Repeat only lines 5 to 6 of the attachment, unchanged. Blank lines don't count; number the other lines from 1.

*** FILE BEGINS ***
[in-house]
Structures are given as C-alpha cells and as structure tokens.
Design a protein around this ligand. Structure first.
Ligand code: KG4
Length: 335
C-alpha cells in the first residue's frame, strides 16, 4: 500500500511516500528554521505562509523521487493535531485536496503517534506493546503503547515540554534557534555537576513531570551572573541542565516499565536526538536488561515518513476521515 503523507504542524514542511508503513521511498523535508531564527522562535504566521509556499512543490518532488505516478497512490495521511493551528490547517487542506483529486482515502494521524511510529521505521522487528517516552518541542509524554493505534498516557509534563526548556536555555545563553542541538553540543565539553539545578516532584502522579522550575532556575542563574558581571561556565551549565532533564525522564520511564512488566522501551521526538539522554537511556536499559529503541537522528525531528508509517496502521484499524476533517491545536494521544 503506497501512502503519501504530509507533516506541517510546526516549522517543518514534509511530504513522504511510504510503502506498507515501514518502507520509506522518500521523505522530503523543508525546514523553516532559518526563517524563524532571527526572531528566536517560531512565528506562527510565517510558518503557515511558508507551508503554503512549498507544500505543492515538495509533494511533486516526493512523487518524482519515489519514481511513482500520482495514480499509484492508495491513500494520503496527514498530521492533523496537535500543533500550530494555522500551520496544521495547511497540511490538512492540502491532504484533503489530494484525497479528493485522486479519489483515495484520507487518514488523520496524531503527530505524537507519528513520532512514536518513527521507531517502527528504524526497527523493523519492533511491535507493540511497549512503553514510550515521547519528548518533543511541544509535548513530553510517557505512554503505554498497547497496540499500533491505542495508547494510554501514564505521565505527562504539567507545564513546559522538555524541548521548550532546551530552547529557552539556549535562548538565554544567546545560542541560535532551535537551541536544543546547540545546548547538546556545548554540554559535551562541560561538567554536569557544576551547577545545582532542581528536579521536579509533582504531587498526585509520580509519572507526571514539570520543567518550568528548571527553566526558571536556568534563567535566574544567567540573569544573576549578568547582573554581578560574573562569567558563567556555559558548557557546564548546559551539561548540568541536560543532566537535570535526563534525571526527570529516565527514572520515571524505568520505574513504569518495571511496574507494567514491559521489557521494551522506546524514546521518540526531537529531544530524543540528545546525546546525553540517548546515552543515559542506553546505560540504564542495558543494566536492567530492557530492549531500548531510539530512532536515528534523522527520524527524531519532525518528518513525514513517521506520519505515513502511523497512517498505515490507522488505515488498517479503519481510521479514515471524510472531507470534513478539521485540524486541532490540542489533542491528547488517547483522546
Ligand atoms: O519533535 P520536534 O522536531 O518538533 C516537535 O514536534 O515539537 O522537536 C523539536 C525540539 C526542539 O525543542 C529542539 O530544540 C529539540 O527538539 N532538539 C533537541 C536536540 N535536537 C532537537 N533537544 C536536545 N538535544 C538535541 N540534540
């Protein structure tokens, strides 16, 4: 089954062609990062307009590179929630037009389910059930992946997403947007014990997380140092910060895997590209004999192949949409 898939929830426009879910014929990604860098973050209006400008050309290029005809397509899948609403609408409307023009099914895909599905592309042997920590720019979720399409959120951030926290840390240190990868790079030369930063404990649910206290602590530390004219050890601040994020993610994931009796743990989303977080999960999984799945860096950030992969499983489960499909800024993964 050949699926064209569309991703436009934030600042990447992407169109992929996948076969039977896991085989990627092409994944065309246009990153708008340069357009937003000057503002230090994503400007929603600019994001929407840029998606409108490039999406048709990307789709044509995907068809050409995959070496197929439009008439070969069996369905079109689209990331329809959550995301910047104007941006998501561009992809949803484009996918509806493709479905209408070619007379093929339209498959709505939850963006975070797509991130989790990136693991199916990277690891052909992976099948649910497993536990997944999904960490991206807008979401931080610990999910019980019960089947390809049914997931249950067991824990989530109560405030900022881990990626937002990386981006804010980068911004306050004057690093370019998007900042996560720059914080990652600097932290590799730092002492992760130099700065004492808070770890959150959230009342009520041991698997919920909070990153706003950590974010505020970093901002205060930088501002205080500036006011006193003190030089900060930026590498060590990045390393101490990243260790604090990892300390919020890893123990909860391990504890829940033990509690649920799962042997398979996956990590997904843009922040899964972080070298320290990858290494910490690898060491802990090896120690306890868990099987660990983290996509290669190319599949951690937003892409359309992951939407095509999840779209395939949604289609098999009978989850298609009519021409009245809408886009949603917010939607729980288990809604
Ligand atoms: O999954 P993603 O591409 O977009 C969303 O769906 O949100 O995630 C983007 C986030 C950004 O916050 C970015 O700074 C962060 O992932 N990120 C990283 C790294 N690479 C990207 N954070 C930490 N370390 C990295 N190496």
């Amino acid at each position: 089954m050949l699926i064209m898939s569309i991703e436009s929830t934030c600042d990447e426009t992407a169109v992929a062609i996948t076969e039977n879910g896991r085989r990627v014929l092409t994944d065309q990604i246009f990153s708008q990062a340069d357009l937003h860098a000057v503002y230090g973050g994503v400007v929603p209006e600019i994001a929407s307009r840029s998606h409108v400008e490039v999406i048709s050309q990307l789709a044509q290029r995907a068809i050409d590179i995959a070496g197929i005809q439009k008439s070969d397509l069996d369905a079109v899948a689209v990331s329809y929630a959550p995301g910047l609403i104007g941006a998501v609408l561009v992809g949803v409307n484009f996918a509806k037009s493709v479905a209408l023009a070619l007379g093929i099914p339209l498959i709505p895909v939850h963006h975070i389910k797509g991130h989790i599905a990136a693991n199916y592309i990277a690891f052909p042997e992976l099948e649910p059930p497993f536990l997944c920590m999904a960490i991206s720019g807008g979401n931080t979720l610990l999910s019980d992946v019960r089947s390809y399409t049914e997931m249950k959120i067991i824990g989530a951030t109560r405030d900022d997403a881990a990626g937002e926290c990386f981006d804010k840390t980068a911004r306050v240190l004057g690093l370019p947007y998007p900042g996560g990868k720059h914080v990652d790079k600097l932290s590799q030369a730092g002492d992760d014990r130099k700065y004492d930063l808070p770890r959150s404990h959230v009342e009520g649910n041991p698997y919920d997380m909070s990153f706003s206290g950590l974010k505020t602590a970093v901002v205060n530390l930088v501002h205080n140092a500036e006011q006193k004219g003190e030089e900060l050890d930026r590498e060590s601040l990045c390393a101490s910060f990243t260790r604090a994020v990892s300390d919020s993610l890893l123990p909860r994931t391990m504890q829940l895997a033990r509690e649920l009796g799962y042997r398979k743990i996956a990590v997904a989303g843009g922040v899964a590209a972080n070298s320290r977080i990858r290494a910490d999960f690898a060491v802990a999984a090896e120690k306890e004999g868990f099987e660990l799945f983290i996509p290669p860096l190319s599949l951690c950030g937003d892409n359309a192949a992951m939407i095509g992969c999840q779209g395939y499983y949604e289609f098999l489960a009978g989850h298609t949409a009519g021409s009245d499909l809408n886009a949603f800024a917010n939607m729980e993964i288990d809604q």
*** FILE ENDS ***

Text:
Length: 335
C-alpha cells in the first residue's frame, strides 16, 4: 500500500511516500528554521505562509523521487493535531485536496503517534506493546503503547515540554534557534555537576513531570551572573541542565516499565536526538536488561515518513476521515 503523507504542524514542511508503513521511498523535508531564527522562535504566521509556499512543490518532488505516478497512490495521511493551528490547517487542506483529486482515502494521524511510529521505521522487528517516552518541542509524554493505534498516557509534563526548556536555555545563553542541538553540543565539553539545578516532584502522579522550575532556575542563574558581571561556565551549565532533564525522564520511564512488566522501551521526538539522554537511556536499559529503541537522528525531528508509517496502521484499524476533517491545536494521544 503506497501512502503519501504530509507533516506541517510546526516549522517543518514534509511530504513522504511510504510503502506498507515501514518502507520509506522518500521523505522530503523543508525546514523553516532559518526563517524563524532571527526572531528566536517560531512565528506562527510565517510558518503557515511558508507551508503554503512549498507544500505543492515538495509533494511533486516526493512523487518524482519515489519514481511513482500520482495514480499509484492508495491513500494520503496527514498530521492533523496537535500543533500550530494555522500551520496544521495547511497540511490538512492540502491532504484533503489530494484525497479528493485522486479519489483515495484520507487518514488523520496524531503527530505524537507519528513520532512514536518513527521507531517502527528504524526497527523493523519492533511491535507493540511497549512503553514510550515521547519528548518533543511541544509535548513530553510517557505512554503505554498497547497496540499500533491505542495508547494510554501514564505521565505527562504539567507545564513546559522538555524541548521548550532546551530552547529557552539556549535562548538565554544567546545560542541560535532551535537551541536544543546547540545546548547538546556545548554540554559535551562541560561538567554536569557544576551547577545545582532542581528536579521536579509533582504531587498526585509520580509519572507526571514539570520543567518550568528548571527553566526558571536556568534563567535566574544567567540573569544573576549578568547582573554581578560574573562569567558563567556555559558548557557546564548546559551539561548540568541536560543532566537535570535526563534525571526527570529516565527514572520515571524505568520505574513504569518495571511496574507494567514491559521489557521494551522506546524514546521518540526531537529531544530524543540528545546525546546525553540517548546515552543515559542506553546505560540504564542495558543494566536492567530492557530492549531500548531510539530512532536515528534523522527520524527524531519532525518528518513525514513517521506520519505515513502511523497512517498505515490507522488505515488498517479503519481510521479514515471524510472531507470534513478539521485540524486541532490540542489533542491528547488517547483522546